Mirror Teeth

Nick Gill
Finborough Theatre
(2011)

Mirror Teeth publicity image

Mirror Teeth is a satire that relies far more for its appeal on the delivery than the message. From its opening sallies, between a bigoted British husband and wife, to its final vision of miscegenation, Nick Gill and/or director Kate Wasserberg demand that every word be delivered in tones of heavy irony.

For a time, this can be amusing as the cut glass tones of David Verrey and Catherine Skinner playing James and Jane Jones expound on their philosophy of family life in the raw. Despite sounding like HRH and her consort, the Joneses are fiercely racist, elitist and sexist.

Their children are spoilt stereotypes too. Jamie Baughan's John is an uninteresting undergraduate with a girlfriend, Jean, who could be the image of his sister. That may in part be because both are played by the same person, the superlative Louise Collins.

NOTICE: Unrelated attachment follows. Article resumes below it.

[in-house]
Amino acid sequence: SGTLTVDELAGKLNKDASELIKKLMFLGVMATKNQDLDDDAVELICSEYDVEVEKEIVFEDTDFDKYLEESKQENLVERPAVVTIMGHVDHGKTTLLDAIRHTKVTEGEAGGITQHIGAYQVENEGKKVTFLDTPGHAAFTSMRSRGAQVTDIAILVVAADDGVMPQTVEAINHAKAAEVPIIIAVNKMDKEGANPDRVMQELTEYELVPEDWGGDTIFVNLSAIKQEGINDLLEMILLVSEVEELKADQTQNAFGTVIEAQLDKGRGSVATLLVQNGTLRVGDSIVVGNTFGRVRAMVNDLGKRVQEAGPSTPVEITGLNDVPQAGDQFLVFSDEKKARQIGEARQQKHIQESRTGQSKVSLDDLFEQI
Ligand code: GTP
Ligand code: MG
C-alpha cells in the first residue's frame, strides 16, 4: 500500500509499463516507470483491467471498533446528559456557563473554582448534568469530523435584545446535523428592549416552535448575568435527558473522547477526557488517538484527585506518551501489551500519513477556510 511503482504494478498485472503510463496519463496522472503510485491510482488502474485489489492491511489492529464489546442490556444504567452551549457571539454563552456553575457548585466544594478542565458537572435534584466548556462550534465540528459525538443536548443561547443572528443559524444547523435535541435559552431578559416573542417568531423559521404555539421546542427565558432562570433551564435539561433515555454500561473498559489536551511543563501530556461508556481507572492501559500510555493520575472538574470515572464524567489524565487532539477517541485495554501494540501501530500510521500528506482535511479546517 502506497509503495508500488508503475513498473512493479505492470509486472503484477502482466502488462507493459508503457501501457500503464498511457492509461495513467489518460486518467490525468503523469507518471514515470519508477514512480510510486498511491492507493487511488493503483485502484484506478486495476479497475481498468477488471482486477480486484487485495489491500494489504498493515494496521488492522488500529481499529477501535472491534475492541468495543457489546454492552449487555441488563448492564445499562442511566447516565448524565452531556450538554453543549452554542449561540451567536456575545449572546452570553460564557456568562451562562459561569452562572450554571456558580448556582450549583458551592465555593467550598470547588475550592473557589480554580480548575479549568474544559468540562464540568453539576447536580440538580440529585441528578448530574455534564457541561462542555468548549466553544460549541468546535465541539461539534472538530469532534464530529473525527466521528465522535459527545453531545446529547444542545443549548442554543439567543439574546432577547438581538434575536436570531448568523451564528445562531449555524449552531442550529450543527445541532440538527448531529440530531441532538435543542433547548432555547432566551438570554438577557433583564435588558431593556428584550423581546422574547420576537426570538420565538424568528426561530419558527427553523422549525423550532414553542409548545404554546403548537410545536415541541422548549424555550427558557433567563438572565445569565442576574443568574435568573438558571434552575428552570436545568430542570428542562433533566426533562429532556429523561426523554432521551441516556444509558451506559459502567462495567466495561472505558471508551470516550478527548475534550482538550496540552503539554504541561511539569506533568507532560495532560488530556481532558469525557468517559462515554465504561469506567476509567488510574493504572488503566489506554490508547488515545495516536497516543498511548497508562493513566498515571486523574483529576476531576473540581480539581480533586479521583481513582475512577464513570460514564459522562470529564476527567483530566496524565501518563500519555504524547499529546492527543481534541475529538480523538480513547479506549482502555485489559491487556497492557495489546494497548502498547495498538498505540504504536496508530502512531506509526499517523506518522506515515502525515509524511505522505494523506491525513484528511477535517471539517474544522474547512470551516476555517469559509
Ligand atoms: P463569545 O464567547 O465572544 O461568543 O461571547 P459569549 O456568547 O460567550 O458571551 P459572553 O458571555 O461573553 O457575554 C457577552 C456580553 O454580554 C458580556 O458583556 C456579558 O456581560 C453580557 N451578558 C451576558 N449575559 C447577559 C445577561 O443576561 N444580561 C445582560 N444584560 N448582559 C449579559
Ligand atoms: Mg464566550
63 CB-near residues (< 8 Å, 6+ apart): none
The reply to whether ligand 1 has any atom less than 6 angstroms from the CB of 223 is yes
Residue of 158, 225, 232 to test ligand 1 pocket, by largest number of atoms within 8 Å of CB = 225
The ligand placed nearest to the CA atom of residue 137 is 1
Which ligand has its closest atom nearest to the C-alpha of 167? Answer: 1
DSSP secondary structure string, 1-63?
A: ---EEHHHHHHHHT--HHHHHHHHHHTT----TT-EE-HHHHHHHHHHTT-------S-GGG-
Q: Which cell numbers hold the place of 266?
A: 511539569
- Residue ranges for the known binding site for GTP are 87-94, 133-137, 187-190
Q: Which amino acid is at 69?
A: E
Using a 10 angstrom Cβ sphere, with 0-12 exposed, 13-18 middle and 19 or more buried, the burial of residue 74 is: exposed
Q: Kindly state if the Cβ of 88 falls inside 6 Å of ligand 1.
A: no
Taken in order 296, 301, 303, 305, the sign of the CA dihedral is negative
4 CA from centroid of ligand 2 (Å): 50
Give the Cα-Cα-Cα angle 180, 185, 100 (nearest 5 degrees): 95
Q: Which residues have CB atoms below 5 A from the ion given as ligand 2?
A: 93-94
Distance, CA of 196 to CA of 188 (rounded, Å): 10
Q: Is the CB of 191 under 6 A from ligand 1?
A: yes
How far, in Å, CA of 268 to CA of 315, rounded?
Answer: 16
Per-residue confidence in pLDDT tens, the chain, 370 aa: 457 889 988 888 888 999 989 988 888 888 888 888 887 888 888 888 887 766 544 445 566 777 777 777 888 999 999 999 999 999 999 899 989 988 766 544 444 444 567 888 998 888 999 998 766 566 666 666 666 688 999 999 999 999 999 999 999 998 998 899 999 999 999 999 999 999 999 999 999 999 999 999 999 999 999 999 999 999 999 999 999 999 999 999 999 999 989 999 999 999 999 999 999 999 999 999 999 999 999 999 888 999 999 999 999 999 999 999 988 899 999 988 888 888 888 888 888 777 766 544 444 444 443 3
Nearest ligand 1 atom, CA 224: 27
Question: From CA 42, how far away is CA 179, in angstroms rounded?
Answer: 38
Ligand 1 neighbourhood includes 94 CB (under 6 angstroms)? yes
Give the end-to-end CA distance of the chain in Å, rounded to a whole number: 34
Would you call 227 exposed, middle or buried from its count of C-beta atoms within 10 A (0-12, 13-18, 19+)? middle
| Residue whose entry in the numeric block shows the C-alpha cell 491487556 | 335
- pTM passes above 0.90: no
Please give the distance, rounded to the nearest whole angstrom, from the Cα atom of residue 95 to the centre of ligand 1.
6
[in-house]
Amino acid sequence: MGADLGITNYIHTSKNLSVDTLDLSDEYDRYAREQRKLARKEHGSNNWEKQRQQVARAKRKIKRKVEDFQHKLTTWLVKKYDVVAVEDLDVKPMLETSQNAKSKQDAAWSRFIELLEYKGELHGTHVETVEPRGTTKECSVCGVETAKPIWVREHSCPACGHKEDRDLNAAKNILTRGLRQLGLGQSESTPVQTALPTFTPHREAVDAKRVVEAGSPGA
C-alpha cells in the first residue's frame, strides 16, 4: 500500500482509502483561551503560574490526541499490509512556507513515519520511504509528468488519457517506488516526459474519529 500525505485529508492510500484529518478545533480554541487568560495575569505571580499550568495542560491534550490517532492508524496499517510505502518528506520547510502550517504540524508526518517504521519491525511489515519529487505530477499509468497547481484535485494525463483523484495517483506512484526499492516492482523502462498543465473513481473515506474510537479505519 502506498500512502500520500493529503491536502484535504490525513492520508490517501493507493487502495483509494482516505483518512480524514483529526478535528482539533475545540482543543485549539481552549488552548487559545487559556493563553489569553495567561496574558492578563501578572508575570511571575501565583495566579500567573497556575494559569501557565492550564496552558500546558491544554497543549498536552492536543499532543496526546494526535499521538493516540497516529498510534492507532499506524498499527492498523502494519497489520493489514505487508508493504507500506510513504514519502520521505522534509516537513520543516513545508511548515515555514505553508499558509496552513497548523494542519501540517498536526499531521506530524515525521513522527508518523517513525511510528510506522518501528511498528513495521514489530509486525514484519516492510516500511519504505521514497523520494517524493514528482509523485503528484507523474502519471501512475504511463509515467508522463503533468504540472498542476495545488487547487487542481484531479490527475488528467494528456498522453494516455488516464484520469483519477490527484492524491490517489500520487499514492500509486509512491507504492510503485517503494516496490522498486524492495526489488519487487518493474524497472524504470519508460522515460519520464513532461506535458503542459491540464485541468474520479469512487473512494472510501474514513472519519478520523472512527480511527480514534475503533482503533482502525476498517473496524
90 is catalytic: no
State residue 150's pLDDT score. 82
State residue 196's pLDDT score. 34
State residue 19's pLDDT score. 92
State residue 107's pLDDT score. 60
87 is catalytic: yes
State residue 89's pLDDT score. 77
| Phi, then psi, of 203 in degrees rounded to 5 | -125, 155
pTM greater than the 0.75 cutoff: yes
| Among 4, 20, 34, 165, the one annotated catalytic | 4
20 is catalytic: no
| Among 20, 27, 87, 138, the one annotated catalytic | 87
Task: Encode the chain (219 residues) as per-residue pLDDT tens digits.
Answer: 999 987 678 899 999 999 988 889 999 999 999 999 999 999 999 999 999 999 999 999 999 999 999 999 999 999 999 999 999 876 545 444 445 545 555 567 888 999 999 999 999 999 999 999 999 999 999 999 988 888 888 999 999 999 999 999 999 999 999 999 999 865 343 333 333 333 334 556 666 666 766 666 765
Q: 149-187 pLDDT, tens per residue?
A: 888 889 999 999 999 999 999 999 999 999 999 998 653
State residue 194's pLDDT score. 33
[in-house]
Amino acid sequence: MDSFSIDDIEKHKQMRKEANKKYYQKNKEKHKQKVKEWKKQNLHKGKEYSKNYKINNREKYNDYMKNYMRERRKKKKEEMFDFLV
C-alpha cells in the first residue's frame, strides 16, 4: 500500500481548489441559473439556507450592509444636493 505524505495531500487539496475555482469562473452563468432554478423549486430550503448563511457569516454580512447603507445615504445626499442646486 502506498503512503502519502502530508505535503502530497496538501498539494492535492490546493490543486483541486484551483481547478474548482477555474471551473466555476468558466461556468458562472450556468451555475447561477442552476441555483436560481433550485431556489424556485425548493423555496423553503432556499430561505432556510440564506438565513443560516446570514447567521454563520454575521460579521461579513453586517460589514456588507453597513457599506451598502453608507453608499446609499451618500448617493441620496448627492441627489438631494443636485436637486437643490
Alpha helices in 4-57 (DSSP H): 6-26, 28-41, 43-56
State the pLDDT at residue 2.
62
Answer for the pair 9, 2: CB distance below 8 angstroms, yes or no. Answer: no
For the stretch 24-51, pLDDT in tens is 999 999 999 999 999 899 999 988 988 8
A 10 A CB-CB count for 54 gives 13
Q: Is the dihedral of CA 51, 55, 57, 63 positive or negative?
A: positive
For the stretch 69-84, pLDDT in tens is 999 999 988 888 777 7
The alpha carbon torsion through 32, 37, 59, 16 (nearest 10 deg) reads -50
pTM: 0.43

The actress has to switch instantly between nympho girlfriend and nympho sixth-former Jenny. She does so with alacrity and such skill that one could easily wonder whether it is the same actress.

Jenny scandalises mum by dating Kwesi (Jotham Annan). Much to Jenny's irritation, he is a religious man who refuses to satisfy her passions.

Long before the family decamps to an unnamed Middle Eastern state ripe for revolution judging by a long speech from the local policeman, the joke has begun to wear thin. There, James is able to make even more money from his arms dealing than had been possible back in Blighty.

Overseas, the family behaves very much the same though Jane catches the nymphomania bug, until a tragic offstage incident leaves Jenny catatonic and tests Miss Collins' ability and patience to the limit but she comes through with flying colours.

You will either be swept up by this kind of satire or left completely cold. Either way, it is hard not to admire the direction and acting throughout the 100 minutes duration.

Reviewer: Philip Fisher